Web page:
Friday, October 11, 2013

Wildcrafting Home

(Yep. It's official: we are moving. To this shack! It's surprisingly spacious and well-light on the inside!)

You know how sometimes you stand in the brink of something big, a change in jobs, relationships, moving a to another city, or a different country? When your old life is about to end, a new one hasn't quite begun yet and you feel nothing but the vertigo of knowing that you should be throwing yourself into it, but instead you hold on for dear life, stand on the edge of the known world, peering down into the darkness of the new...

It's often just then that something comes along and nudges you in the direction you're supposed to be going. Sometimes it's just a small sign, a bird above your head, a flower on the trail, a book fallen open on the right page, an event of synchronicity, or intuition on the part of a friend, or a stranger. At others it's a big blaring, obvious trumpet, a floodlight that goes on and illuminates everything.

Well that's kind of what this house seemed to be for us when it first appeared in the horizon.

I'm the kind of person who prefers to keep their cards close to their chest until things are certain, if not done. It's partly out of superstition,  and partly because it's easier to deal with possible set-backs if you don't have to keep explaining to folks why that thing you told them about isn't going to transpire. I hope  ya'll excuse my continued obtuseness.

So, for reasons untold, a while ago we started talking about moving away from our little house by the sea. Our initial plans did certainly not involve a giant house, but rather the opposite: buying a bus, renting a small cabin, even maybe moving in with some friends. That's always been our plan when we've broached the subject, because finding good housing here can be really difficult, there's not much of a spectrum of places that are affordable and even pretty crummy houses can go for a lot of money because of this. Renting a subpar house around the size of our old ramshackle, but rent free house, didn't seem like a doable thing.We planned to get rid of a bunch of stuff, rent a storage unit and figure out how to do the things we do a little closer to the bone still.  That was our plan. And then it all went gloriously and quite literally South.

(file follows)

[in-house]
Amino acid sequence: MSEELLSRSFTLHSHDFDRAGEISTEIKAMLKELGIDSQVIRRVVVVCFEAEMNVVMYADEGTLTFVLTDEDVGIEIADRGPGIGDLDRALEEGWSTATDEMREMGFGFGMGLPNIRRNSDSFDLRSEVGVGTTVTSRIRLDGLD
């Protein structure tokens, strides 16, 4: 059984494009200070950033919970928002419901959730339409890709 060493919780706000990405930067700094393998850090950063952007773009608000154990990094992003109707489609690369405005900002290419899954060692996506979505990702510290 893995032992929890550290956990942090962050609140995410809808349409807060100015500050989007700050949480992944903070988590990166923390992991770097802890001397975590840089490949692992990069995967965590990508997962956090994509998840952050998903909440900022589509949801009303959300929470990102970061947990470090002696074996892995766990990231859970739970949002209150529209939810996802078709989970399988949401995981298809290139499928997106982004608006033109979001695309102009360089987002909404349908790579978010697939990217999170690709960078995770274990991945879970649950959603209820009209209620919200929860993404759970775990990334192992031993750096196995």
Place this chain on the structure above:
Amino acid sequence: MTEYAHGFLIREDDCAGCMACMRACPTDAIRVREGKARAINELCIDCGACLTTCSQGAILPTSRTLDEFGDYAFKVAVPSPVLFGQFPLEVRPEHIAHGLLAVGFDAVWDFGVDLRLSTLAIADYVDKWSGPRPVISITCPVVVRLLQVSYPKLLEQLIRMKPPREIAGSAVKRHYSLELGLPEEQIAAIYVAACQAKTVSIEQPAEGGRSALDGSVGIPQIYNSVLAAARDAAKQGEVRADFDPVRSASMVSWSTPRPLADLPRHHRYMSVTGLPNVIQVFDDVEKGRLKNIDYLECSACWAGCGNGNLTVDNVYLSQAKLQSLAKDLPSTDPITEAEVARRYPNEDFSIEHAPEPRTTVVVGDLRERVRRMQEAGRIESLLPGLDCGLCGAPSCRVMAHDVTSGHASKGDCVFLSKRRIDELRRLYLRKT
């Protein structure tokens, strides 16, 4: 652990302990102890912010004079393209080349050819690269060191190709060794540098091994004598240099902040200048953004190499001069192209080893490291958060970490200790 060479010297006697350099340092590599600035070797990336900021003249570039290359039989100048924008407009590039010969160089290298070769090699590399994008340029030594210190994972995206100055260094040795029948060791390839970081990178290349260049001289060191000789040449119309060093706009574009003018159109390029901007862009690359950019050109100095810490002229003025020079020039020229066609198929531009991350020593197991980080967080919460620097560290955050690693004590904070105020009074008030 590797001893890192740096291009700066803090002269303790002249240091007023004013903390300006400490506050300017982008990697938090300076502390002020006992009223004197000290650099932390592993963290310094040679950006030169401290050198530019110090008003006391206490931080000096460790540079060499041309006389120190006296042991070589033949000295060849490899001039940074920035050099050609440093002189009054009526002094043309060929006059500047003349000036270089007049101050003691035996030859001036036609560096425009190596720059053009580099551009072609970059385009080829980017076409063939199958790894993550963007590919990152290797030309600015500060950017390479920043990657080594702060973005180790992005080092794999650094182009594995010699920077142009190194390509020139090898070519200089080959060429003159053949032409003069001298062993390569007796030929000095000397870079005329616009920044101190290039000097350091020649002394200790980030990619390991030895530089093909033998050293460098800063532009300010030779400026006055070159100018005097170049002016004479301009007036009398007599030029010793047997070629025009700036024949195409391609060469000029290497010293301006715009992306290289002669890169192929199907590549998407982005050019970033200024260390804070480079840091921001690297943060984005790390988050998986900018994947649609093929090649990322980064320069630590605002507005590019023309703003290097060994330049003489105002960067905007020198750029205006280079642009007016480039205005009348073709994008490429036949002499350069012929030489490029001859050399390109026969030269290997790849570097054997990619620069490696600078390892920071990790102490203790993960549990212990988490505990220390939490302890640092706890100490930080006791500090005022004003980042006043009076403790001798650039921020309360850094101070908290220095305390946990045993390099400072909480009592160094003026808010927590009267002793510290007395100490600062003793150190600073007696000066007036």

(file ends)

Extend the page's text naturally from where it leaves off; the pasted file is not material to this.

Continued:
Like any city, town or even another island, this Island too has different nooks and neighborhoods, all with their own, distinct character, indigenous species, small eco-systems, and even slightly different weather at times. When discussing geographic locations people mostly talk about the North End and the South End. These are about fifteen miles apart from each other at their furthest points.

For the last five years we've lived in the very far North End, close to the ferry landing and the village, but before that we both lived on the South End, and it's always been our hope and dream to eventually relocate.

To the casual observer there would probably appear to be very little difference between the two, but us islanders know that the South End is quieter, less populated and according to long term data, somewhat sunnier.

Most importantly, a lot of our really close friends live down here, and in the winter we've been trekking down pretty regularly to visit and work on stuff. Of course on the turnside, we're leaving a bunch of good friends to the other end of the island too. Hopefully we can make that grueling twenty-five minute drive often enough.

You know how you make plans and then something completely different ends up happening? Maybe it's fate, or dumb luck, or maybe things sometimes work out just how they should, but the opportunity came up for the perfect house for our changing situation.